Study Doubts Big REITs Will Rule Rental Market
Contrary to a popular theory, a handful of giant REITs will not soon dominate ownership of the nation’s income-producing residential real estate, according to a just-released report that examined the economies of scale associated with the ever-rising concentration of ownership among America’s commercial properties.
The report, titled “Strategic Management of the Apartment Business in a ‘Big REIT’ World,” was prepared by Kerry D. Vandell, director of the Center for Urban Land Economics Research at the University of Wisconsin at Madison. It doesn’t dispute that the biggest publicly traded real estate investment trusts keep getting bigger as they buy more apartment communities, office buildings, malls, hotels, warehouses and the like.
Contrary to a REIT-domination theory working its way into the conventional wisdom among industry forecasters, however, the report concludes that ownership of the nation’s apartment stock isn’t likely to be concentrated among a select group of giant REITs.
That conclusion is based primarily on evidence disputing a major tenet of the “swallow the world” theory, which suggests that scale economies make apartment ownership and operation much more cost-efficient (read: profitable) for huge REITs than for private investors or even moderately sized REITs.
While Vandell acknowledges that the “definitive word has not been provided yet,” his report seems to side more with the “limited consolidation” theory. That school of thought acknowledges the ongoing concentration in income-producing real estate but questions the extent to which it will proceed into the 21st century--primarily because the supposed economies of scale to be exploited by large public companies are at best overstated, and at worst nonexistent.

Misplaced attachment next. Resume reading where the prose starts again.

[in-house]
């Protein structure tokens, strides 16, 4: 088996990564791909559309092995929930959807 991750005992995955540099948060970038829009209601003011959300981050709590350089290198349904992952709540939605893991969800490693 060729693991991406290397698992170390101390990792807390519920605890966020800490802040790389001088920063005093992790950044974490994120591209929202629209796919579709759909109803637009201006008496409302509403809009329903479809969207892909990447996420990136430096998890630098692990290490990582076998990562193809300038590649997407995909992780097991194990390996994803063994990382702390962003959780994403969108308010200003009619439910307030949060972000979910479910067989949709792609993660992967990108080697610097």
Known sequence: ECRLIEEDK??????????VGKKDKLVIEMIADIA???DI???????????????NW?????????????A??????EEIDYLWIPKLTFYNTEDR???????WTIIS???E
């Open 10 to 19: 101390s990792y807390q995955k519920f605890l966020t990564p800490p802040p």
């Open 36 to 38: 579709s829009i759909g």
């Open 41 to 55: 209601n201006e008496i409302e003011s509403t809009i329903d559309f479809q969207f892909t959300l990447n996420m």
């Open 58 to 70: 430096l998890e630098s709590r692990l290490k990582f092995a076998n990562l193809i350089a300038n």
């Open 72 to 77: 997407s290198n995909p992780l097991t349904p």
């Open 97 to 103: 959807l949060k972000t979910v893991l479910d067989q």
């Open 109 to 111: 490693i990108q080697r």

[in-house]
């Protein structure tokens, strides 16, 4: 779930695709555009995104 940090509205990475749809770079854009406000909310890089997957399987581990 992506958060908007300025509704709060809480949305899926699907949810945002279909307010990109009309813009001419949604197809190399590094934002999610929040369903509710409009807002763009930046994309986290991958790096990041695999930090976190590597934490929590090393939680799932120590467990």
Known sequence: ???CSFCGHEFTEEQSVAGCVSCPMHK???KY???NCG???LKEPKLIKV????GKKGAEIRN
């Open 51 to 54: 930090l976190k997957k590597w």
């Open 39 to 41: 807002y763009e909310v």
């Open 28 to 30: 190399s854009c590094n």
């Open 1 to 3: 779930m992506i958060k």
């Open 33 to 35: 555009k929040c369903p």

Generally, the three most noteworthy studies Vandell cites “suggest that the evidence on strong economies of scale among REITs is mixed,” his report notes. The cost components displaying strong economies of scale seem relatively small in actual impact, while the larger components of operating and especially interest and capital costs “present weaker evidence of scale economies and even possible diseconomies beyond a certain point,” he says.
In other words, with the possible exceptions of the biggest regional malls, office complexes and hotels, bigger property portfolios don’t necessarily mean lower costs per square foot and higher profitability--as the REIT-domination theory holds.
Some recent studies indeed found that general and administrative expenses represent a lower portion of overall costs for bigger REITs than smaller ones, and that the fees the REITs pay to the entities managing the apartment communities also tend to decrease as REITs get bigger. There’s also some indication that interest and capital costs can be cheaper for the larger REITs--although “the shape of this relationship to size has yet to be established with confidence,” Vandell says.
There’s also evidence to suggest that these better efficiencies associated with scale are limited.
REITs generally achieve optimal cost-of-debt economies when they reach the $500-million-to-$1-billion market-capitalization range--when they are typically able to replace unsecured credit lines with rated corporate bond debt (at an average interest savings of about 40 basis points). As the Vandell report notes, even the biggest REITs, with $4 billion or more in capitalization, can’t drop debt costs much below that rate.
And the Vandell report notes that costs associated with operating apartment communities on a day-to-day basis don’t appear to coincide with REIT size--and in fact appear to occasionally increase with some REITs when they grow beyond the industry’s average size.